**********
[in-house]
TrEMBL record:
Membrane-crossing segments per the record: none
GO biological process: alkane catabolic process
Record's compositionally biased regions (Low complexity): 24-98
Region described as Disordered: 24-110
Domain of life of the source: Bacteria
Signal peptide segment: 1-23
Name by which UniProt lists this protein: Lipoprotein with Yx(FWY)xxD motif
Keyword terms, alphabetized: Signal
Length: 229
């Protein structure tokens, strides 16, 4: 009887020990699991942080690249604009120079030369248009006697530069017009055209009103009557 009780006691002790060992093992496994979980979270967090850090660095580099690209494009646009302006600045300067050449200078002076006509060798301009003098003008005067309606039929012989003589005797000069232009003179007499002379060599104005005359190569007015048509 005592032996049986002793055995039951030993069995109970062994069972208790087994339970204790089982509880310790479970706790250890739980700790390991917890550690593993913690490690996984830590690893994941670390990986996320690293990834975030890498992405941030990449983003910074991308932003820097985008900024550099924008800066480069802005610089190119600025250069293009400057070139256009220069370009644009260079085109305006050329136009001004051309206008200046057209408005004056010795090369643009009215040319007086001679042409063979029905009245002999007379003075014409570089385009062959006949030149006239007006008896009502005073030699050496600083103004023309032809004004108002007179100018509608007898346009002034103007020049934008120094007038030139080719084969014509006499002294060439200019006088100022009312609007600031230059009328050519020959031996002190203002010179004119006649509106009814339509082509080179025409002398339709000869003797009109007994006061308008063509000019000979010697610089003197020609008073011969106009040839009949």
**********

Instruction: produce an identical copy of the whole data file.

[in-house]
TrEMBL record:
Membrane-crossing segments per the record: none
GO biological process: alkane catabolic process
Record's compositionally biased regions (Low complexity): 24-98
Region described as Disordered: 24-110
Domain of life of the source: Bacteria
Signal peptide segment: 1-23
Name by which UniProt lists this protein: Lipoprotein with Yx(FWY)xxD motif
Keyword terms, alphabetized: Signal
Length: 229
């Protein structure tokens, strides 16, 4: 009887020990699991942080690249604009120079030369248009006697530069017009055209009103009557 009780006691002790060992093992496994979980979270967090850090660095580099690209494009646009302006600045300067050449200078002076006509060798301009003098003008005067309606039929012989003589005797000069232009003179007499002379060599104005005359190569007015048509 005592032996049986002793055995039951030993069995109970062994069972208790087994339970204790089982509880310790479970706790250890739980700790390991917890550690593993913690490690996984830590690893994941670390990986996320690293990834975030890498992405941030990449983003910074991308932003820097985008900024550099924008800066480069802005610089190119600025250069293009400057070139256009220069370009644009260079085109305006050329136009001004051309206008200046057209408005004056010795090369643009009215040319007086001679042409063979029905009245002999007379003075014409570089385009062959006949030149006239007006008896009502005073030699050496600083103004023309032809004004108002007179100018509608007898346009002034103007020049934008120094007038030139080719084969014509006499002294060439200019006088100022009312609007600031230059009328050519020959031996002190203002010179004119006649509106009814339509082509080179025409002398339709000869003797009109007994006061308008063509000019000979010697610089003197020609008073011969106009040839009949």